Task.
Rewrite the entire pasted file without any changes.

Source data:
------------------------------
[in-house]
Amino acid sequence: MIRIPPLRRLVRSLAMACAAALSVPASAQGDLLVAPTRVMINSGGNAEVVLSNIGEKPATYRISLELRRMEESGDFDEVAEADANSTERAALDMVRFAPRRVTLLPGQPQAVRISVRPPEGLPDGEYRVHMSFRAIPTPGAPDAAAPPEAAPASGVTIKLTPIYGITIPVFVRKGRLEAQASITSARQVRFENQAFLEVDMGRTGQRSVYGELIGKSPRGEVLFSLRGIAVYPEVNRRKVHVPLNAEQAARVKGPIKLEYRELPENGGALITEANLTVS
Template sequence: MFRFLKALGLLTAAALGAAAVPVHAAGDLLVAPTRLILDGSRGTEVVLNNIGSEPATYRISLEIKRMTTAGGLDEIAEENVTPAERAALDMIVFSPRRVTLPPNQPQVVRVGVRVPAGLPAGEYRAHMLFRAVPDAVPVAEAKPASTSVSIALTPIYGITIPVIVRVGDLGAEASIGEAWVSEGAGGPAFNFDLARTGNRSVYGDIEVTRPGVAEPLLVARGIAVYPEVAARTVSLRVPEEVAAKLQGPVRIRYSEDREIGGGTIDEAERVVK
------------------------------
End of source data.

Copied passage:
[in-house]
Amino acid sequence: MIRIPPLRRLVRSLAMACAAALSVPASAQGDLLVAPTRVMINSGGNAEVVLSNIGEKPATYRISLELRRMEESGDFDEVAEADANSTERAALDMVRFAPRRVTLLPGQPQAVRISVRPPEGLPDGEYRVHMSFRAIPTPGAPDAAAPPEAAPASGVTIKLTPIYGITIPVFVRKGRLEAQASITSARQVRFENQAFLEVDMGRTGQRSVYGELIGKSPRGEVLFSLRGIAVYPEVNRRKVHVPLNAEQAARVKGPIKLEYRELPENGGALITEANLTVS
Template sequence: MFRFLKALGLLTAAALGAAAVPVHAAGDLLVAPTRLILDGSRGTEVVLNNIGSEPATYRISLEIKRMTTAGGLDEIAEENVTPAERAALDMIVFSPRRVTLPPNQPQVVRVGVRVPAGLPAGEYRAHMLFRAVPDAVPVAEAKPASTSVSIALTPIYGITIPVIVRVGDLGAEASIGEAWVSEGAGGPAFNFDLARTGNRSVYGDIEVTRPGVAEPLLVARGIAVYPEVAARTVSLRVPEEVAAKLQGPVRIRYSEDREIGGGTIDEAERVVK